Fairytales get a dark twist when Joyce discovers the slain bodies of two young children and campaigns for justice in Sunnydale: “Silence is this town’s disease. This isn’t our town anymore. It belongs to the monsters and witches and slayers. I say it’s time we take our town of Sunnydale back.” In Gingerbread (episode 11), a witch-hunt ensues when themes of censorship, ostracized groups in society, fear and helplessness are examined. And when Buffy doesn’t see the point in battling the evil that seems to still win in this world, Angel reminds her, “We do it because there’s things worth fighting for.” In a hilarious little tag, Amy the witch turns herself into a tiny rodent, which is a storyline that gets picked up again several seasons later.
“If I’m not the Slayer, what do I do? What do I have to offer?” Buffy whimpers as she discovers her powers are suddenly fading. In an episode that calls into question Giles’ loyalty to Buffy, Helpless (episode 12) sees Buffy undergo a Watcher’s Council mandated test without her powers. Their father-daughter relationship, Buffy’s ingenuity and Giles’ loyalty all come up in an episode that changes Giles’ link to the Watcher’s Council.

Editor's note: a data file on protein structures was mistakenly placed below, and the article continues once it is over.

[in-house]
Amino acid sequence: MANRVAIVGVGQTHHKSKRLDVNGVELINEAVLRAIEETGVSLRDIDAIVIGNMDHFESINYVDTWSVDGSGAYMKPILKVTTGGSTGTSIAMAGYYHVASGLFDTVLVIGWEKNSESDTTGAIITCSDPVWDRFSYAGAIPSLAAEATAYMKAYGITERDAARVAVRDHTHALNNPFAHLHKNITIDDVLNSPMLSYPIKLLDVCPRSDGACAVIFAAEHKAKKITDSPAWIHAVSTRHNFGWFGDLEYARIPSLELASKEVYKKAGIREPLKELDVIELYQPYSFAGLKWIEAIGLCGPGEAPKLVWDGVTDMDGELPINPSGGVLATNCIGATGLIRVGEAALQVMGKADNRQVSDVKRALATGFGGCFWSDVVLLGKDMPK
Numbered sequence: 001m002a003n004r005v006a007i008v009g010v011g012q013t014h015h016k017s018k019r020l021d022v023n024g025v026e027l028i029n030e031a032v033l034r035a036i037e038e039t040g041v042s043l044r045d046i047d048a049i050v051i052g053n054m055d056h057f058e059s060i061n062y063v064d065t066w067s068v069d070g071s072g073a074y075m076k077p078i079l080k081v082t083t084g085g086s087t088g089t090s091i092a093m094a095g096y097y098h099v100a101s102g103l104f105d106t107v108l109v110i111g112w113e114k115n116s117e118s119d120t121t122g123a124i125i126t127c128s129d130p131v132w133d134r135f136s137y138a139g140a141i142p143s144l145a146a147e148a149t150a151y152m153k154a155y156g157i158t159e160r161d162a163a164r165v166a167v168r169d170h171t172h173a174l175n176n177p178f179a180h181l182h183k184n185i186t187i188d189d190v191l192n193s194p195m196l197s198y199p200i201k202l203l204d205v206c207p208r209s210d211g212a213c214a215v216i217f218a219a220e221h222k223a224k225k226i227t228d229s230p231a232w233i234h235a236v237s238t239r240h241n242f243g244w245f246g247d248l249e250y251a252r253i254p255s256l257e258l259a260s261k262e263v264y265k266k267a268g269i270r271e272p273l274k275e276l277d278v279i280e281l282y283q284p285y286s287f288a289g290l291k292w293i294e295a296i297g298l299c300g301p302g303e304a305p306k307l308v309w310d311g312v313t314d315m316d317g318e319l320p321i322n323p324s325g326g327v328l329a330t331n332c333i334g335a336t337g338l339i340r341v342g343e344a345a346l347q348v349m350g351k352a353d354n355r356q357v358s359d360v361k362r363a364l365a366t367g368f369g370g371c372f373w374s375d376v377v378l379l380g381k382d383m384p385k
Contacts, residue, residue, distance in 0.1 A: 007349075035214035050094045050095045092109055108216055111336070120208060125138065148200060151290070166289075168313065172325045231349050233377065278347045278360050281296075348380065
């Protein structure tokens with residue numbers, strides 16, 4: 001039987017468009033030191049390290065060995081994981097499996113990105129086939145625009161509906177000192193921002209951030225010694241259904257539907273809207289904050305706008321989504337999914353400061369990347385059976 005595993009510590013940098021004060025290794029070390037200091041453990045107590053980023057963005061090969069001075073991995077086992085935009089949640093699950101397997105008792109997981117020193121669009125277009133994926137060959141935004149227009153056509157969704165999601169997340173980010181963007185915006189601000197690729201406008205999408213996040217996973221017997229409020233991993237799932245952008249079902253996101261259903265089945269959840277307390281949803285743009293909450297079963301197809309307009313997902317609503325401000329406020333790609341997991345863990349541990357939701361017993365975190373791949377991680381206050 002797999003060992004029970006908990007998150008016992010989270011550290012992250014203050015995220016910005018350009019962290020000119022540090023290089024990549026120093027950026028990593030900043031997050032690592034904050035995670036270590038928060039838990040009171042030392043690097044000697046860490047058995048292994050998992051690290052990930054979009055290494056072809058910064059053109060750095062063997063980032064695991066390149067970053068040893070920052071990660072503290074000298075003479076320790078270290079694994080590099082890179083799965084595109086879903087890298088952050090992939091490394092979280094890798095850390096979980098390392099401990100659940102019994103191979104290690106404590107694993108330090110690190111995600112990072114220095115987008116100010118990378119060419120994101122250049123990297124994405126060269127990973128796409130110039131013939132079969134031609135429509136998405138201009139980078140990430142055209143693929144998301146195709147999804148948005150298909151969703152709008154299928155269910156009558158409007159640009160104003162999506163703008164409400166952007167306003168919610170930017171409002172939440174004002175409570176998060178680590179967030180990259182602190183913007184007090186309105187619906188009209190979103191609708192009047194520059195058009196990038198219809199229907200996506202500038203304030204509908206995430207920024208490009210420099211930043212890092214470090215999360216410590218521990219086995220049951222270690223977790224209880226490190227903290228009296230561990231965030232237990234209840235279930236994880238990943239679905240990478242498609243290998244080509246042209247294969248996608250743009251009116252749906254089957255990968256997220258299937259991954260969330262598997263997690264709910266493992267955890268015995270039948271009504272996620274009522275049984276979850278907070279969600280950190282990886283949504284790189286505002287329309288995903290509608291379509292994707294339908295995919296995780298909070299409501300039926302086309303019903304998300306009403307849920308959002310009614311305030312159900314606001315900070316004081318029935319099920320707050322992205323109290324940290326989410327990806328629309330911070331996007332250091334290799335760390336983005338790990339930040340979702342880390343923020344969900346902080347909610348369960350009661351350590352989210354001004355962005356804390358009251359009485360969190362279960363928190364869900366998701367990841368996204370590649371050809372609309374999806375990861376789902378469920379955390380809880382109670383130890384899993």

“It must be really hard when all your friends have superpowers – slayer, werewolf, witches, vampire – and you’re like, this little nothing,” Cordelia snipes at Xander in The Zeppo (episode 13). A Xander-centric episode, the audience follows him on an awkward, dangerous and hilarious journey for a day as he races against time to save the world – or at least the high school. Buffy’s storyline is vague and hyperbolic – “we have to save the world!” – and becomes a tongue-in-cheek account of what she usually goes through on a weekly basis. In a clever, interesting and strange episode, Xander and Buffy’s save-the-world stories intersect beautifully, showing a Xander who has heart, courage and lots o’ sass.